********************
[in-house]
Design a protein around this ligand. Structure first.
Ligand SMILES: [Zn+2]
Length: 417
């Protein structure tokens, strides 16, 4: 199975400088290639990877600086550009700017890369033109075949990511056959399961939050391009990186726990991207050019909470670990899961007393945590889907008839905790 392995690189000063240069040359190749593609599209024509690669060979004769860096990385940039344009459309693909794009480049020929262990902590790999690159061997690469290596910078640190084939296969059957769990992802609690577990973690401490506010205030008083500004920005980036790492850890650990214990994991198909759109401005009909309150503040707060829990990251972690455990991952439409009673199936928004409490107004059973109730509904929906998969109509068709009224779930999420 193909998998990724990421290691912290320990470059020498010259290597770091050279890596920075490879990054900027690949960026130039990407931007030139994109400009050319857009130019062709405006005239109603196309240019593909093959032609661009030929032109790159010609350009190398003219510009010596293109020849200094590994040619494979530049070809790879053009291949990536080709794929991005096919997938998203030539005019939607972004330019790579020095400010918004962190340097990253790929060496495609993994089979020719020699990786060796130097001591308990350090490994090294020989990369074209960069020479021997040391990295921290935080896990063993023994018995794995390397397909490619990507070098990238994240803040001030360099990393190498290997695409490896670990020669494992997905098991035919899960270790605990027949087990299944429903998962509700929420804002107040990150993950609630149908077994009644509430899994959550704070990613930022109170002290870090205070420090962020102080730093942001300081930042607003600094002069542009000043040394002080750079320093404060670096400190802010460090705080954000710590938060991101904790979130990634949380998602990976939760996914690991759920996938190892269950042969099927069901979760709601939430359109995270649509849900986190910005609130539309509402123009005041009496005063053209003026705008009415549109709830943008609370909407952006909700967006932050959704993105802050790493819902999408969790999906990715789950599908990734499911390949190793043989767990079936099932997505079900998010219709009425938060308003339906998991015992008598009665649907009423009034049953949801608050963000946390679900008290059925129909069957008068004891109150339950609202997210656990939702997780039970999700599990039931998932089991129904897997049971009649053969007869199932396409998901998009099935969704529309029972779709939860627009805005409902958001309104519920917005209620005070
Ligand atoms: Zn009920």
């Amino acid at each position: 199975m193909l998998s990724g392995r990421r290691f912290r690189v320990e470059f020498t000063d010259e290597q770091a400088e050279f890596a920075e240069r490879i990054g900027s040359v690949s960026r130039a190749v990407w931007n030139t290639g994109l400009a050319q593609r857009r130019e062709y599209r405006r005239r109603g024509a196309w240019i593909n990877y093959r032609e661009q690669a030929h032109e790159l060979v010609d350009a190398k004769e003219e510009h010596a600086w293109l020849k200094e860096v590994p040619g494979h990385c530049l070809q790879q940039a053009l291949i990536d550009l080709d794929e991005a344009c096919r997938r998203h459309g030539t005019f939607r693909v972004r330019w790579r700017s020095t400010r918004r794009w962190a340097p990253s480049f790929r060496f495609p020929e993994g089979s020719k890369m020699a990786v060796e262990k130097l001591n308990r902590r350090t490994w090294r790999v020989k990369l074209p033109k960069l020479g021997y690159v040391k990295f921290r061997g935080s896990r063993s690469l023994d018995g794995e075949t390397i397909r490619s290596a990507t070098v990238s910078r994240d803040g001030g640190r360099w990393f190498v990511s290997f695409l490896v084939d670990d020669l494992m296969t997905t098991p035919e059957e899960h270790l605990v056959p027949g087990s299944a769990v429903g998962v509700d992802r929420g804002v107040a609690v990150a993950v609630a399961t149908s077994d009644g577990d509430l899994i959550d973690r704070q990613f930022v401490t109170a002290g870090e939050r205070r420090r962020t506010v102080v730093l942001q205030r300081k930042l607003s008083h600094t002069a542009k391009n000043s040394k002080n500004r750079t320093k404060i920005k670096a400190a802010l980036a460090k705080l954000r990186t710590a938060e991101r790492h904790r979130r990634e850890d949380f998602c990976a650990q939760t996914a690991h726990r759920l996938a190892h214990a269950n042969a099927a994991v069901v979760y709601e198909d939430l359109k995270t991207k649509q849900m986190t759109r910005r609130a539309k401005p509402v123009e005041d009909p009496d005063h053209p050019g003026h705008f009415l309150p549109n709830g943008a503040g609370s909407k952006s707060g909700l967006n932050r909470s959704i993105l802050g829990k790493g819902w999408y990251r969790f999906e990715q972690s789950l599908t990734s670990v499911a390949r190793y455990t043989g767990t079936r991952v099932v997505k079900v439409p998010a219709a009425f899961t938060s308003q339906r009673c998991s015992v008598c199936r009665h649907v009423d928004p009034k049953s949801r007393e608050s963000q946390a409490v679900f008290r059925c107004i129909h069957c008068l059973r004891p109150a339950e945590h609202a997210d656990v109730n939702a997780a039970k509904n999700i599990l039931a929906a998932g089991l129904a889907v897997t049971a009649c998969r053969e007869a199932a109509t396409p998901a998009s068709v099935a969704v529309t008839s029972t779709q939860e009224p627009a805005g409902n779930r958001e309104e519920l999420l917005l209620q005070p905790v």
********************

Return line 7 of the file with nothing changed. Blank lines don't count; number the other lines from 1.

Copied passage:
């Amino acid at each position: 199975m193909l998998s990724g392995r990421r290691f912290r690189v320990e470059f020498t000063d010259e290597q770091a400088e050279f890596a920075e240069r490879i990054g900027s040359v690949s960026r130039a190749v990407w931007n030139t290639g994109l400009a050319q593609r857009r130019e062709y599209r405006r005239r109603g024509a196309w240019i593909n990877y093959r032609e661009q690669a030929h032109e790159l060979v010609d350009a190398k004769e003219e510009h010596a600086w293109l020849k200094e860096v590994p040619g494979h990385c530049l070809q790879q940039a053009l291949i990536d550009l080709d794929e991005a344009c096919r997938r998203h459309g030539t005019f939607r693909v972004r330019w790579r700017s020095t400010r918004r794009w962190a340097p990253s480049f790929r060496f495609p020929e993994g089979s020719k890369m020699a990786v060796e262990k130097l001591n308990r902590r350090t490994w090294r790999v020989k990369l074209p033109k960069l020479g021997y690159v040391k990295f921290r061997g935080s896990r063993s690469l023994d018995g794995e075949t390397i397909r490619s290596a990507t070098v990238s910078r994240d803040g001030g640190r360099w990393f190498v990511s290997f695409l490896v084939d670990d020669l494992m296969t997905t098991p035919e059957e899960h270790l605990v056959p027949g087990s299944a769990v429903g998962v509700d992802r929420g804002v107040a609690v990150a993950v609630a399961t149908s077994d009644g577990d509430l899994i959550d973690r704070q990613f930022v401490t109170a002290g870090e939050r205070r420090r962020t506010v102080v730093l942001q205030r300081k930042l607003s008083h600094t002069a542009k391009n000043s040394k002080n500004r750079t320093k404060i920005k670096a400190a802010l980036a460090k705080l954000r990186t710590a938060e991101r790492h904790r979130r990634e850890d949380f998602c990976a650990q939760t996914a690991h726990r759920l996938a190892h214990a269950n042969a099927a994991v069901v979760y709601e198909d939430l359109k995270t991207k649509q849900m986190t759109r910005r609130a539309k401005p509402v123009e005041d009909p009496d005063h053209p050019g003026h705008f009415l309150p549109n709830g943008a503040g609370s909407k952006s707060g909700l967006n932050r909470s959704i993105l802050g829990k790493g819902w999408y990251r969790f999906e990715q972690s789950l599908t990734s670990v499911a390949r190793y455990t043989g767990t079936r991952v099932v997505k079900v439409p998010a219709a009425f899961t938060s308003q339906r009673c998991s015992v008598c199936r009665h649907v009423d928004p009034k049953s949801r007393e608050s963000q946390a409490v679900f008290r059925c107004i129909h069957c008068l059973r004891p109150a339950e945590h609202a997210d656990v109730n939702a997780a039970k509904n999700i599990l039931a929906a998932g089991l129904a889907v897997t049971a009649c998969r053969e007869a199932a109509t396409p998901a998009s068709v099935a969704v529309t008839s029972t779709q939860e009224p627009a805005g409902n779930r958001e309104e519920l999420l917005l209620q005070p905790v």